Route de Fenil 2
November 20, 1978
Another night I can’t sleep. Tried almost everything, two glasses of wine, reading that new novel everyone is raving about, the Garp book. Thank you for paying all that postage and sending it to me, but the words are so blurry, and I can’t read. Not sure if it’s the wine or not being able to sleep.
I’m listening to David doing that Beatles song “Across the Universe.” It’s so beautiful. I realized I needed to write you. Ghosts are haunting me, can’t shake them. When you get this letter, what happened in Guyana won’t be front page news anymore. The people who died there will be dismissed as crazy. One of them wasn’t. At least when I met her, she wasn’t. Stop reading right now and read the journal entry I’ve enclosed here. I only want you reading it. The next part of the letter is the following.
* * * * *
When I went back to settle Charlie’s affairs, his lawyer Louis was kind enough to arrange for me to stay at a house in Silver Lake. It was a furnished house he owned, and clients stayed there on occasion. There was no way I could stay at the mansion. It was bad enough the press knew I was back. “Oona, are you leaving Charlie? What will you do now?” They didn’t know me at all. Of course, I wasn’t going to leave Charlie. We were in this together.
After I managed to save all of Charlie’s early works, after I made sure I gave the staff severance pay, and after I packed the suitcase with money in the safety deposit box, I was ready to go. Betty helped me pack up. “Betty, I just don’t know what to do,” I said. “We were supposed to go on holiday and back. This wasn’t supposed to happen.”
“Love, they’re scared of him. He wants people to love each other. This country doesn’t know the meaning of love.”
I was so thankful one of Charlie’s relatives was there for me. Mother has been busy working on that book about Daddy, and Shane was being, well, Shane.
It was raining when Louis dropped me off. “Oona, don’t worry about a thing. Betty will pick you up tomorrow and take you to the airport.”
“Thank you, you’ve been so kind. Is there a store nearby to get groceries?”
“You shouldn’t be seen out. The press will be all over you again.” He thought for a moment. “The Alexanders might be able to help you. They live down the street. They’ve had a rough time of it. Mr. Alexander is an unapologetic Communist.”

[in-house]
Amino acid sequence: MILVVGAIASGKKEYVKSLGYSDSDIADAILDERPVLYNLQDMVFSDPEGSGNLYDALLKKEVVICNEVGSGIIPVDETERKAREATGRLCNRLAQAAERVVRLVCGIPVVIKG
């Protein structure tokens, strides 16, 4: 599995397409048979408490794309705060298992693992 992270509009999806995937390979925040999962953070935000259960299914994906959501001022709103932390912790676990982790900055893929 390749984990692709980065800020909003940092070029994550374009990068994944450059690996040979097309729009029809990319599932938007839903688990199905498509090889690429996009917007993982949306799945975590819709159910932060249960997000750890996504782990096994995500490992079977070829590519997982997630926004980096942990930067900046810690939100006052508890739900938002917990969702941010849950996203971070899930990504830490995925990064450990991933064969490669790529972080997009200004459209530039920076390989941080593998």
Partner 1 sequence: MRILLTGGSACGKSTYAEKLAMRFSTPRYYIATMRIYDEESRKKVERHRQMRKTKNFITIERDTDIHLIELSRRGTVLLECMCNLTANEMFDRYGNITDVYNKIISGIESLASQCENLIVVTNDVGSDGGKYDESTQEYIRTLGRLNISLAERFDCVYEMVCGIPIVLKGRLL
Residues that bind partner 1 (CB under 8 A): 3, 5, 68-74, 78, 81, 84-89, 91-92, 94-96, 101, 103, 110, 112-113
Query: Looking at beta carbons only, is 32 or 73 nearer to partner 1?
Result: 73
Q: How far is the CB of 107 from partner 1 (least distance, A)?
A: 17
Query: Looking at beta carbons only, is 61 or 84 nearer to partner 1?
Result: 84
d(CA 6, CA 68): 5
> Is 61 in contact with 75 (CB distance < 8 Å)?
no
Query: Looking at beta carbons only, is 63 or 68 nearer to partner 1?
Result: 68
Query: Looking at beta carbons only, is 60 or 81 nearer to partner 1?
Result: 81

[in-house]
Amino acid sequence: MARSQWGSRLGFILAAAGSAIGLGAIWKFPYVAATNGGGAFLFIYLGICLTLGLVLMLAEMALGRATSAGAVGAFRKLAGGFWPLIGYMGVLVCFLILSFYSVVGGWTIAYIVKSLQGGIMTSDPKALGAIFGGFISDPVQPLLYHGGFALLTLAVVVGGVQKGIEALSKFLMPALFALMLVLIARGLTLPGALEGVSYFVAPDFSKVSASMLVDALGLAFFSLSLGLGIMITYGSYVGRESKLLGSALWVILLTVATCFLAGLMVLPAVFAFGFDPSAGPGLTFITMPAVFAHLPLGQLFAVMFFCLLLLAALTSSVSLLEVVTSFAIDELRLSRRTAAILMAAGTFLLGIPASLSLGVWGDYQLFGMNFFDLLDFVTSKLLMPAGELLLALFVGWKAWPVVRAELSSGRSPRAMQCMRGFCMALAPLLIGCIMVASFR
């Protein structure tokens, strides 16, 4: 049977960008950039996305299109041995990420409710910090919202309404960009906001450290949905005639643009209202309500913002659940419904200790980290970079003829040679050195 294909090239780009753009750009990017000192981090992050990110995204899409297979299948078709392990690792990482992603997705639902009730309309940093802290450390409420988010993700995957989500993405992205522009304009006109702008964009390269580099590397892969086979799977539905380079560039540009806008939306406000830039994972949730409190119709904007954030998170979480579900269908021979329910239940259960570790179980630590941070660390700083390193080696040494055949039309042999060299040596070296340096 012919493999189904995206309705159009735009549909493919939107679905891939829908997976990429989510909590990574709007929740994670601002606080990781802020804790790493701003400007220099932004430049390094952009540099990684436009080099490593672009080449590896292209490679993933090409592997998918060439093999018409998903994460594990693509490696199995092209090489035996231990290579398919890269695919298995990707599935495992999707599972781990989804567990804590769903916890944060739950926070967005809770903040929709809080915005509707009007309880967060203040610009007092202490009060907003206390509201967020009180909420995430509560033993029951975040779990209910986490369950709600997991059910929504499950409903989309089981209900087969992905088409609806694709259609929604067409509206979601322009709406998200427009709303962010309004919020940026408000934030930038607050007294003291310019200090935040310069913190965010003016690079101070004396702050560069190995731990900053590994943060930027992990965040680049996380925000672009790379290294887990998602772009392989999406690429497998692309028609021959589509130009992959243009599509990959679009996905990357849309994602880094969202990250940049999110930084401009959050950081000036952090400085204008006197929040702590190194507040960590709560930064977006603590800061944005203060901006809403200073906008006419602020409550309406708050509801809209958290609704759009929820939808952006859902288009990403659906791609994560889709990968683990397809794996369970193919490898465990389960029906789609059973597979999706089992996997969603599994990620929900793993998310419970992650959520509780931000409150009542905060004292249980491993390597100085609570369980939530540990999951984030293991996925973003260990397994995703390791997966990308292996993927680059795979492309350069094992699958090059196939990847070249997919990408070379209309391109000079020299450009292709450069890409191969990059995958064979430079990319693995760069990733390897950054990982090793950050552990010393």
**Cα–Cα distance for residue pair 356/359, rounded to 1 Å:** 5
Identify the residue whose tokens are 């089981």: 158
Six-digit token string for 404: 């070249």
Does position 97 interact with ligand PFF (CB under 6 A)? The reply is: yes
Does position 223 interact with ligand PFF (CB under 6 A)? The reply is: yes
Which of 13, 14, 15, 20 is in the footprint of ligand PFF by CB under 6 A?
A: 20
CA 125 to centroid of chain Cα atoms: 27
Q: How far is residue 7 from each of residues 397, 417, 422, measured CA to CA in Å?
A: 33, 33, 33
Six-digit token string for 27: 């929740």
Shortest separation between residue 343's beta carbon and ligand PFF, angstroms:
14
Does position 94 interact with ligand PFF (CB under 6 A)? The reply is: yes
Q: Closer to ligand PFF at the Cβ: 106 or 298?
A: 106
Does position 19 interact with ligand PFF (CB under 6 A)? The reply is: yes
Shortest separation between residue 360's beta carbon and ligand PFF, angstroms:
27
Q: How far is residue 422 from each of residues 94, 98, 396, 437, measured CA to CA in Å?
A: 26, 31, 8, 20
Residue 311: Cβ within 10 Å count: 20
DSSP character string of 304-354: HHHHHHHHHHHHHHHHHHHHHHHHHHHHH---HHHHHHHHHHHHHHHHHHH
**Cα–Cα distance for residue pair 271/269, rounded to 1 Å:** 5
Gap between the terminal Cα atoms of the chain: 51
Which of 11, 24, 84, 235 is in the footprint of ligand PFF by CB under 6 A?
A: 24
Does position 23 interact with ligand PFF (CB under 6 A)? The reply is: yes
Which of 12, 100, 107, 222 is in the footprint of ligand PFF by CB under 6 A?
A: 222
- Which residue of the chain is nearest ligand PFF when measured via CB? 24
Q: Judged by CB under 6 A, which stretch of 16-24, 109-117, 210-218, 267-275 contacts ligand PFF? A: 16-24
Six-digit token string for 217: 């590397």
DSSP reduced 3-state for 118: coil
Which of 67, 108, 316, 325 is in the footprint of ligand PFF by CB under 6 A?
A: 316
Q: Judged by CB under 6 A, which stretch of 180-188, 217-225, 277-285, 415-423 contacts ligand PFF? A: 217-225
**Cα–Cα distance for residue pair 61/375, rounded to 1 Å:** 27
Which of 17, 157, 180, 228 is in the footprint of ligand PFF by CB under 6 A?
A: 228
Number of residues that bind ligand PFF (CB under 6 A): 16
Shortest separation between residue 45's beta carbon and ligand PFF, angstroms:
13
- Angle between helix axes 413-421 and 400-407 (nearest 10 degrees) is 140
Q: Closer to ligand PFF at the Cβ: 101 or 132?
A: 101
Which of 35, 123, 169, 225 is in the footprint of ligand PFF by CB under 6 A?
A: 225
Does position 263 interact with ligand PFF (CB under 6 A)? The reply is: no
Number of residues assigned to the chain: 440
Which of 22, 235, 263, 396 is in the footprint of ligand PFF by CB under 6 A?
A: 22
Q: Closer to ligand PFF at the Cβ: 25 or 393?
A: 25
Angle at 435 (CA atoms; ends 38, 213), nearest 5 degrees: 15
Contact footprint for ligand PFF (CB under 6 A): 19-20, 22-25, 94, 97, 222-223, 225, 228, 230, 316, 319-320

I know this sounded odd, but they sounded divine to me. What could be better than meeting Communists who don’t apologize for who they are? ”If they can help, that would be grand.”
“I’ll give them a grocery list.” He handed me a key. “I’ve arranged for you to stay at the Plaza when you get to New York. Jerry Epstein will pick you up at the airport.”
I walked inside the house. It was a bit nippy. I managed to find the heater, then turned it up. The house did have hot chocolate. And a tea kettle. It hit me then that I was alone. I hadn’t been alone in so long.
Even though it was early, I changed into my blue silk pajamas, washed my makeup off, and put my hair into pigtails. I turned the radio on, I made myself a cup of hot chocolate, then curled up in the living room and read East of Eden. Although I missed Charlie and the children terribly, it was just lovely to read and not be interrupted.
An hour later, there was a knock on the door. “Who is it?”
“Mrs. Chaplin? I’m Mrs. Alexander. I was told you needed groceries.”
I opened the door a little. The woman looked quite nice, wearing a man’s shirt and jeans. With her was a girl about thirteen, wearing a plaid skirt with a green sweater. Her short brown hair was curled up at the ends. She wore thick glasses. “No one followed us.”
“I’m sorry. Please, please come in. And my name is Oona.”
“Freda,” the woman said, pointing to herself, “and this is Phyllis. What’s happening to your husband is disgraceful. I’m ashamed of this country.”
They came inside, taking off their jackets. I tried to smile. “Thank you. I needed to hear that tonight.”
“We brought bread, spaghetti, and cereal for tomorrow.”
“I want to repay you for this,” I said, reaching for my purse.